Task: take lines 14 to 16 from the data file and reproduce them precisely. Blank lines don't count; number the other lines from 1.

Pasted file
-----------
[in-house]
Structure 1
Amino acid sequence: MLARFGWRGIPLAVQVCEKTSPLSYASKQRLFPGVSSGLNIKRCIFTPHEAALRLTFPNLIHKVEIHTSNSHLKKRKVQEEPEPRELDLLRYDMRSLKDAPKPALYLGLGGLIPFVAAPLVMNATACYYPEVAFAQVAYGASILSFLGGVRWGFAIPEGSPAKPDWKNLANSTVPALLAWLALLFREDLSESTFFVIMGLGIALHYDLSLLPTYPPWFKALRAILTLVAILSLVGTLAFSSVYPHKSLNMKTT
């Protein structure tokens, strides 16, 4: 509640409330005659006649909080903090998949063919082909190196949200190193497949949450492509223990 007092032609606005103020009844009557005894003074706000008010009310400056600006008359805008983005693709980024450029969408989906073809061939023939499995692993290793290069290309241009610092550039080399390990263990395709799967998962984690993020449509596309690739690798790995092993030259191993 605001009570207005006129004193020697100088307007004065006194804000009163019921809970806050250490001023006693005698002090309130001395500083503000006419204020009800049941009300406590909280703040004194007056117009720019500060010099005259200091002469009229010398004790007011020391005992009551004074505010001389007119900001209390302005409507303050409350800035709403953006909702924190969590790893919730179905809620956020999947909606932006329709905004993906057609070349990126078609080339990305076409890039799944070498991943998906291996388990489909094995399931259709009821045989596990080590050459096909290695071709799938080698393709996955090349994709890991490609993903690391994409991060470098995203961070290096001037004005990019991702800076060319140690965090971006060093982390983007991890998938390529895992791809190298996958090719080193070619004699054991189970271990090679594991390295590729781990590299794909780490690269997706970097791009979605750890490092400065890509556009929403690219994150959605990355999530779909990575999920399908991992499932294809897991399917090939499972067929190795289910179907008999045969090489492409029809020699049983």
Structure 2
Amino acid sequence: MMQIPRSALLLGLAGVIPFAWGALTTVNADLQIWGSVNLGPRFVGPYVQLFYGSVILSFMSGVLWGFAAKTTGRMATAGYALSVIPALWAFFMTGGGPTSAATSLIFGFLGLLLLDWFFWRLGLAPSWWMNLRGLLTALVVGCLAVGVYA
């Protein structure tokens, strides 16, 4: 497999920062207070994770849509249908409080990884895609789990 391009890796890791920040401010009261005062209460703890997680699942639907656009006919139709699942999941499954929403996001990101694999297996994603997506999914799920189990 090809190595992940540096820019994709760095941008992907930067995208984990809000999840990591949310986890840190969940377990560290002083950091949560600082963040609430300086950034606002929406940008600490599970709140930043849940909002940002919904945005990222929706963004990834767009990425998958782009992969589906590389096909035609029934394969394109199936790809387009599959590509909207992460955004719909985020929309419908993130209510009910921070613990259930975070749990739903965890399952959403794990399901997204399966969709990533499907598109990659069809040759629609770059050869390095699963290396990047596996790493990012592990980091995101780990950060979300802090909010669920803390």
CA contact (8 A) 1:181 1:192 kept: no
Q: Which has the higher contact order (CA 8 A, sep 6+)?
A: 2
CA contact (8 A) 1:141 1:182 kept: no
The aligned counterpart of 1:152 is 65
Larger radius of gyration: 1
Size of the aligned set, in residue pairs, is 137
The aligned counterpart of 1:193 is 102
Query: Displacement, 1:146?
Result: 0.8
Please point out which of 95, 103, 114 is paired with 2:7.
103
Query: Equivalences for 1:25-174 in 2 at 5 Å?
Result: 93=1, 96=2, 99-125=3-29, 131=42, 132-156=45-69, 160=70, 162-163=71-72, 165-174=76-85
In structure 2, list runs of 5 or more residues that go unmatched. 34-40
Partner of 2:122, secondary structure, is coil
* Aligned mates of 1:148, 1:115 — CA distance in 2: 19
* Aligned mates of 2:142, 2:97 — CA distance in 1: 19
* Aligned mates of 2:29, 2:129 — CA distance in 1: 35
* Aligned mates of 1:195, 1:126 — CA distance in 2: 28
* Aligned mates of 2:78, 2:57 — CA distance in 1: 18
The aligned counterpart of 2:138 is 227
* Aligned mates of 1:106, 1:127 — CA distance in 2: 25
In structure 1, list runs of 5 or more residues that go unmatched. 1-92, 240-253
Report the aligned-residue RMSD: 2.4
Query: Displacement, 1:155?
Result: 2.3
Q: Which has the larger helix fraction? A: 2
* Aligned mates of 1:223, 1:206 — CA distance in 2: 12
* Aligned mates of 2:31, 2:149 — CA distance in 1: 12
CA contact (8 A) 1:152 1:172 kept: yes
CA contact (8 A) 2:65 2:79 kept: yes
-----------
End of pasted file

Size of the aligned set, in residue pairs, is 137
The aligned counterpart of 1:193 is 102
Query: Displacement, 1:146?